View from the Moon: Why so personal with Jay?

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View from the Moon: Why so personal with Jay?

Tuesday, Jan. 25, 2011
6:14 p.m.

By John Mullin
CSNChicago.com

You want to be done with the Jay Cutler nonsense but it just keeps a-comin.

Of all the aspects of the Jay Cutler Affair, the most difficult to understand was the trashing he received at the hands of his NFL colleagues. It was seriously obvious that so much of the venom was oozing from dislike for Cutler; it was personal, not professional.

But even that doesnt explain the level of the antipathy. Why so personal?

Detroit Lions linebacker Zack Follett may have the answer. Now, bear in mind that in the same radio interview, chronicled in the Detroit Free Press, Follett dubs his own franchise quarterback, Matthew Stafford, a china doll because of Staffords injure-ability.

Follett, who finished the year on IR with a neck injury, did his best Maurice Jones-Drew backdown imitation, going on his Twitter account to clarify, Thats my bad on the China Doll comment.

But before that he gave a look at even though football may in the end be a business, it is still eminently personal.

I think the way he carries himself. We played him the first game of the season. He kind of has a swagger about him that. a little cockiness that it kind of makes defensive players kind of chomp at the mouth. Were ready to get at him. Our defensive coordinator, Gunther Cunningham, he wasnt a big fan of Cutler.

Throw that in with a segment of opinion viewing Cutler as a spoiled punk for the way he engineered his exit from Denver (which just about any working stiff would do from their job if they didnt like where they worked and had some juice to force a change), and you have the nub of it:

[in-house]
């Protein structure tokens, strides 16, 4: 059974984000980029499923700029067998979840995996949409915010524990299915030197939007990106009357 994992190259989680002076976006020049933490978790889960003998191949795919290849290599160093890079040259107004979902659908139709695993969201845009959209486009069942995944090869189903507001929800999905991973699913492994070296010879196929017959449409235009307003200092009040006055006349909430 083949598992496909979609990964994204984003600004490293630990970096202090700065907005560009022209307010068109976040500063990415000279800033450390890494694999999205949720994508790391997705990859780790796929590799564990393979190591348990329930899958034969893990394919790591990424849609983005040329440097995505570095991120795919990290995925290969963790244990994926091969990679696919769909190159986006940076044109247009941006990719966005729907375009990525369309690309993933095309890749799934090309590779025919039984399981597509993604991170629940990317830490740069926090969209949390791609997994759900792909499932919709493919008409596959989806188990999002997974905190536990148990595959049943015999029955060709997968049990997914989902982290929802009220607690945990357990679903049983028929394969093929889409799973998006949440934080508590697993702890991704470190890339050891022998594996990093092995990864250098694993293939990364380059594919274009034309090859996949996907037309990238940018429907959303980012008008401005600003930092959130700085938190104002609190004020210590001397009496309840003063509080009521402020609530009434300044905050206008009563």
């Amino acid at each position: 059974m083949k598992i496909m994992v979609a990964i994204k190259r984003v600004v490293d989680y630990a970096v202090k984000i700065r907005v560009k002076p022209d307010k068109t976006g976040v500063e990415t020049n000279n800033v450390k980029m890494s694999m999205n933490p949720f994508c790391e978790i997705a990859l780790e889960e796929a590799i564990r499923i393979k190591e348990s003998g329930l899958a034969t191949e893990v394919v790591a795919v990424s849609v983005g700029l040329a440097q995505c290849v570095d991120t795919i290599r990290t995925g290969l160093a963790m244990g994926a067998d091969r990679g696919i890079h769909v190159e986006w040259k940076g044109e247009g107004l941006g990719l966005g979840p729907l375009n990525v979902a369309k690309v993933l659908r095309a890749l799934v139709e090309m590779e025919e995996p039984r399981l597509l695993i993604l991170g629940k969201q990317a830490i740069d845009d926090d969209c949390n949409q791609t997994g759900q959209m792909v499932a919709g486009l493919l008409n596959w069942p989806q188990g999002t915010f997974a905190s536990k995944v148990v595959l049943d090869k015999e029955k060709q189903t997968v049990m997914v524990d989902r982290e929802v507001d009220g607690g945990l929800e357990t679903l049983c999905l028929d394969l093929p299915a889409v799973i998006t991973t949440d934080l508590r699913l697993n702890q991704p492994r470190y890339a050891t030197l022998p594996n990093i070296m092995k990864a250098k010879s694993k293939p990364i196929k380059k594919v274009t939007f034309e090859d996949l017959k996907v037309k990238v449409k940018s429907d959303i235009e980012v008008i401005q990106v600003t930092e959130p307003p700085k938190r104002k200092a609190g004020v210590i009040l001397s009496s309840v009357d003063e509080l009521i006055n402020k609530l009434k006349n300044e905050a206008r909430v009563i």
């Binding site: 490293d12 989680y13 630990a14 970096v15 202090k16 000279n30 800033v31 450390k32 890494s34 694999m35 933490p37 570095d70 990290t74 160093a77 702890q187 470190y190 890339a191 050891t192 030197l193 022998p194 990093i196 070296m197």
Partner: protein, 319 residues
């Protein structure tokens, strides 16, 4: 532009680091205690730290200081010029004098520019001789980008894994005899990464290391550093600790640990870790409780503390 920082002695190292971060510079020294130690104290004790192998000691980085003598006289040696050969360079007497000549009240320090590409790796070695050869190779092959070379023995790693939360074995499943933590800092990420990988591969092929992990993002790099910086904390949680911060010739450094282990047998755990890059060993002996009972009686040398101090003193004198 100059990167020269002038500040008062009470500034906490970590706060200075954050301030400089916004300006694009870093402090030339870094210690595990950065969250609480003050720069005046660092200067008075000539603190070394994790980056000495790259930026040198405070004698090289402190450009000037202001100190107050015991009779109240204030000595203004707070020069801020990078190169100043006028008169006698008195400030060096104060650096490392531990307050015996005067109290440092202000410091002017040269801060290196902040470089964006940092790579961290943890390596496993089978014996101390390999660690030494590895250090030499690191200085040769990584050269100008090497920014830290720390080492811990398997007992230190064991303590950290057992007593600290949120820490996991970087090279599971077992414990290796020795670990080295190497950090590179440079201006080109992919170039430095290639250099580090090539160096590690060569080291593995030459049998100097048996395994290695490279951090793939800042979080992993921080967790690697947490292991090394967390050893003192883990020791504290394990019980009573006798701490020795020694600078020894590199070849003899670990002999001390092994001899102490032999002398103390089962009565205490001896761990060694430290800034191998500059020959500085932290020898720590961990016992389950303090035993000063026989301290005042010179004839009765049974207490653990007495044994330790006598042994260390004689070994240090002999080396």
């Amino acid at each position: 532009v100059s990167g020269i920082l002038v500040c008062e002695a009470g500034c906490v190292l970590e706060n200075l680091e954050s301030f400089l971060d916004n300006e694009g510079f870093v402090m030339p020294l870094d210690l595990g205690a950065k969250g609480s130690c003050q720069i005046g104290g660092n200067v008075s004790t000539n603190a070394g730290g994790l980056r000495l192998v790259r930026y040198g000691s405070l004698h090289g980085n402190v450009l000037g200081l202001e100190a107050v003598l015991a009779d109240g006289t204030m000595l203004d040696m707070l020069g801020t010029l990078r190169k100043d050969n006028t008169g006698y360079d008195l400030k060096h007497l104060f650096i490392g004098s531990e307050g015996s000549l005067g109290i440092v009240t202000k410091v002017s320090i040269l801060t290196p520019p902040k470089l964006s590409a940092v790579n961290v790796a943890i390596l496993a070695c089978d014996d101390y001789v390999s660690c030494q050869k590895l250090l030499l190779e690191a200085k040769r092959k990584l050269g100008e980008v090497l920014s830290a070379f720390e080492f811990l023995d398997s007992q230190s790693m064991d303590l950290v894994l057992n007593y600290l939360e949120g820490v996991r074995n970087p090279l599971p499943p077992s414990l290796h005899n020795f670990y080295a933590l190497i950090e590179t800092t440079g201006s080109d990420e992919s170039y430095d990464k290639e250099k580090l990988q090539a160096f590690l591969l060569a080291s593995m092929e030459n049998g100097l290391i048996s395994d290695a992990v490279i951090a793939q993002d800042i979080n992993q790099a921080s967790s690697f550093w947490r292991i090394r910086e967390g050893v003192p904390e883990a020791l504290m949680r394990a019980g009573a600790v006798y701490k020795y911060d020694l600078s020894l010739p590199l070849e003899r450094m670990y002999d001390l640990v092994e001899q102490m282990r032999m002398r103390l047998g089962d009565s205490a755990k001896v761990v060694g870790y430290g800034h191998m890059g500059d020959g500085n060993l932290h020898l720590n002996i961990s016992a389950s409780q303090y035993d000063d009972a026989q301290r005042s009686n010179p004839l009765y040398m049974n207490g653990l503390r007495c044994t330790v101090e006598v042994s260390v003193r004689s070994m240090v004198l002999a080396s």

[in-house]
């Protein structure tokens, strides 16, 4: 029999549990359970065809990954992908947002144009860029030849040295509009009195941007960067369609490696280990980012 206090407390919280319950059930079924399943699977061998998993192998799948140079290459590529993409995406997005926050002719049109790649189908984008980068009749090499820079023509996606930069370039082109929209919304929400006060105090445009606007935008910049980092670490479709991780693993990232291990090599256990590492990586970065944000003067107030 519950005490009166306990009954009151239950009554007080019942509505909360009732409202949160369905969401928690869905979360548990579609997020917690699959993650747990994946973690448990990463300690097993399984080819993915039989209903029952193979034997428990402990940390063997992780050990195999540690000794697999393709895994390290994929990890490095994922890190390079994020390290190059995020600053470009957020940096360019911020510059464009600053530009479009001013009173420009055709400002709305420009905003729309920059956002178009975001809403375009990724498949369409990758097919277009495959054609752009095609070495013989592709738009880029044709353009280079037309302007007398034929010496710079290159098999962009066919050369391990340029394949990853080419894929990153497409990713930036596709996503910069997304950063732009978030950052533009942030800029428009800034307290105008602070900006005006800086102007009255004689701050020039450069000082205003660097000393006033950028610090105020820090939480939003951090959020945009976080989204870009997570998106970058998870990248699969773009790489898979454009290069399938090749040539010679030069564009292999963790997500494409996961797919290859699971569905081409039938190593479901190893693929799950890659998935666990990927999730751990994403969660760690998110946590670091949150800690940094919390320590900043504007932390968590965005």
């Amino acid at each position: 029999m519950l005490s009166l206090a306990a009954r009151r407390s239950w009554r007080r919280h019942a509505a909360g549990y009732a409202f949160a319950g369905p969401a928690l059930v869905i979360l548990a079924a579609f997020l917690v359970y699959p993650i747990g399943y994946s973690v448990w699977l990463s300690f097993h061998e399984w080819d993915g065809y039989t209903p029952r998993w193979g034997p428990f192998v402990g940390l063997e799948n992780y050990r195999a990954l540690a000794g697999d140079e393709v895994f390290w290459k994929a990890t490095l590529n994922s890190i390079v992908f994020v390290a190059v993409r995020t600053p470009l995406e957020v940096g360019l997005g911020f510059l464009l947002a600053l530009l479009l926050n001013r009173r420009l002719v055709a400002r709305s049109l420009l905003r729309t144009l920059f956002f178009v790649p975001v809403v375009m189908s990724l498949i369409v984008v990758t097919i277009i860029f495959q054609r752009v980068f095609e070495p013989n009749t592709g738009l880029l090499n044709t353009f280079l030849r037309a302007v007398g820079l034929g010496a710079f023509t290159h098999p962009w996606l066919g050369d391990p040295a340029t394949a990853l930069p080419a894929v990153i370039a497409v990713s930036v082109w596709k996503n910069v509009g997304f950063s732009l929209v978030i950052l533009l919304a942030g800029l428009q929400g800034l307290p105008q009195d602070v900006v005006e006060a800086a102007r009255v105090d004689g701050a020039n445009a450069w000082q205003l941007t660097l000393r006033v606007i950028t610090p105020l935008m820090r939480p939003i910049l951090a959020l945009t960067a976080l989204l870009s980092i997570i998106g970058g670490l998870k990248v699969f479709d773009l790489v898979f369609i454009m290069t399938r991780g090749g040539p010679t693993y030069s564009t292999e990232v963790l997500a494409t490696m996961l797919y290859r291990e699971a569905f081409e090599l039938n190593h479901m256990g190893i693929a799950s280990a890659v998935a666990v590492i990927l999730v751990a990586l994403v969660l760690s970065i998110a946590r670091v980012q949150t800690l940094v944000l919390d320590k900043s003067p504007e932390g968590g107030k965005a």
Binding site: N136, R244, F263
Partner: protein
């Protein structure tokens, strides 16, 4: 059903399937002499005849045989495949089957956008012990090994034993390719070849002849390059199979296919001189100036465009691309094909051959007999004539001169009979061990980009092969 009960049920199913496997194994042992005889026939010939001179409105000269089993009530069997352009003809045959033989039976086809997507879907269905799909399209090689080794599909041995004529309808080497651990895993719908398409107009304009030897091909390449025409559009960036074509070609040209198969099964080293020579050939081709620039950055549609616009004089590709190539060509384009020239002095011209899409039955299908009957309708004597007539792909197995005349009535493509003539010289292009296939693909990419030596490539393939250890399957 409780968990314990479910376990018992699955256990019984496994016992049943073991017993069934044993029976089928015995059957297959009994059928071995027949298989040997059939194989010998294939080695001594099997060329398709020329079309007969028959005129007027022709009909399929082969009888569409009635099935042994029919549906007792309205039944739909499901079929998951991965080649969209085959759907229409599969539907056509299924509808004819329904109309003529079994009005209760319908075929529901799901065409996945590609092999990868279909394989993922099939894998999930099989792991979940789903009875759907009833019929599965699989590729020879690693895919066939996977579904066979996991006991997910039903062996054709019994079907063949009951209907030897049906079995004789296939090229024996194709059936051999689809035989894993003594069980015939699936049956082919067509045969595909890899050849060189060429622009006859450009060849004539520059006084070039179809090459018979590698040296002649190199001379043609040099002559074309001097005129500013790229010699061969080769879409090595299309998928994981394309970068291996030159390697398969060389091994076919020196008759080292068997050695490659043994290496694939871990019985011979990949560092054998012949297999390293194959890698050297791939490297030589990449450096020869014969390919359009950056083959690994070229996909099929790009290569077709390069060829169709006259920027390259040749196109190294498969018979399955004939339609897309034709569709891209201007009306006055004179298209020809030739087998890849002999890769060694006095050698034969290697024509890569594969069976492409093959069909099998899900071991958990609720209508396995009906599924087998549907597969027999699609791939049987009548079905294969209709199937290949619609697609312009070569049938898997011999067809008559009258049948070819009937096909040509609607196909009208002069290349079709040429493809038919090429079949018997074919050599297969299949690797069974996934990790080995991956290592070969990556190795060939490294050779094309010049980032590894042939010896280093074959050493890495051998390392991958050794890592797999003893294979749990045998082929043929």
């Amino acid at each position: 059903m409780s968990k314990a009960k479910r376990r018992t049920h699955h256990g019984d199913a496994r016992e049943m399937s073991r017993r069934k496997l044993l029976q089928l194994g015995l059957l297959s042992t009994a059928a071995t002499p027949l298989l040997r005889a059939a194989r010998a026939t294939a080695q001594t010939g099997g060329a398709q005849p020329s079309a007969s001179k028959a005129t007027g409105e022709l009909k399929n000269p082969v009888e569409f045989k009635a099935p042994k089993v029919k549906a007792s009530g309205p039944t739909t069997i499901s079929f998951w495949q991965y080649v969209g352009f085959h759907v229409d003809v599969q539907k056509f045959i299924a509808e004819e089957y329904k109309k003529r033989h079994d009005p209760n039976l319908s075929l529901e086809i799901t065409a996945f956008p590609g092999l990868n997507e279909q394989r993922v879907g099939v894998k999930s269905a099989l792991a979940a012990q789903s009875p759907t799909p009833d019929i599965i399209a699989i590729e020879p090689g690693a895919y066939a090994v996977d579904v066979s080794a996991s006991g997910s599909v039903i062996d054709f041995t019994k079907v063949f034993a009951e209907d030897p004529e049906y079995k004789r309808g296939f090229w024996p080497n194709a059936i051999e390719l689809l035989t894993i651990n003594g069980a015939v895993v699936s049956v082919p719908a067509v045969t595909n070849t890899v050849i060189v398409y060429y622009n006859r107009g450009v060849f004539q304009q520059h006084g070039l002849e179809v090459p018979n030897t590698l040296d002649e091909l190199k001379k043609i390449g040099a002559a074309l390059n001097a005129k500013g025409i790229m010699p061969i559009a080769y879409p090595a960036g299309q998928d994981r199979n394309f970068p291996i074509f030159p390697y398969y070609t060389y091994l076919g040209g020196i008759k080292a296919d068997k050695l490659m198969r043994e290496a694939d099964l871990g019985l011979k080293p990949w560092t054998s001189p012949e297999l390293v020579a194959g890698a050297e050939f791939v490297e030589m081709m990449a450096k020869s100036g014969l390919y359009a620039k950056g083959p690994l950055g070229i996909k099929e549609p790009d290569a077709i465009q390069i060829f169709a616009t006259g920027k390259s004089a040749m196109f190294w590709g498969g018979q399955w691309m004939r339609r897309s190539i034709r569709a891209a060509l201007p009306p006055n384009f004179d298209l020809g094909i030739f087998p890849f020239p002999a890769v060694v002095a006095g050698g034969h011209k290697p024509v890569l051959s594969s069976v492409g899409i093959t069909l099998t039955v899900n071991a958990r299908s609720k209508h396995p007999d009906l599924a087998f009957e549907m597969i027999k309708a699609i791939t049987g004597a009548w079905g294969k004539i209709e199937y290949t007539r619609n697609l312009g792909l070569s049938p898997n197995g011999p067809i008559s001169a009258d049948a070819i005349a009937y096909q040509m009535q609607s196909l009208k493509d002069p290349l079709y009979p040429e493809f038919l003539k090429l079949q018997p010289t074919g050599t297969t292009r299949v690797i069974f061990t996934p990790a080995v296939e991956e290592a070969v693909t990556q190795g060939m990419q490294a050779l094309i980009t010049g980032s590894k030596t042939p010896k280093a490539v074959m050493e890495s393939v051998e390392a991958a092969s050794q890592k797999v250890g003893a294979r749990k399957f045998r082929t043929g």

You dont like somebody? Then theyre guilty until proven innocent.

Logical thinking

The Cutler fallout has obscured the naming of the 2010 All-Pro team, which included Julius Peppers as one defensive end and Devin Hester as the returner. Chris Harris and Brian Urlacher were named to the second team.

Colleague Tom Curran out east at CSNNE.com, our Comcast New England operation, takes you on an insightful tour of his thinking behind each ballot he cast. Tom also tells you which way he voted and why when it was a different direction than the eventual winner.

Good stuff. And heres a hint: Urlacher didnt miss First Team by much.

A new low every hour

Just when you think youve heard just about every slime-ball comment and insult of Jay Cutler, now you have former Packer Greg Koch weighing in (pun intended).

Koch tells a Houston radio show that he saw Cutler as the X-factor (now there is some pithy insight) but I just never thought that his tampon would fall out on national TV.

Cutler was riding the stationary bike on the sideline like a little girl, Koch observed from his position as a savvy exercise therapist. Then putting his plastic stethoscope around his neck and chrome reflector head-band on, Dr. Koch prescribed treatment for Cutlers torn knee ligament, You can brace that thing.

The former tackle blocked for quarterbacks so he knows all of them well enough to contradict the notion that trainers (or perhaps, oh, I dont know, maybe a head coach) could shut one down. Oh, bull Nobody wouldve kept Tom Brady off the field if he wanted to play. Nobody wouldve kept Peyton Manning off the field.

Never mind that Cutler did come back in. I told you its a no-strings-attached league.

(Oh, and as far as putting the URL here for linking to the broadcast, Ill pass. This guy doesnt need any more attention that he just got here.)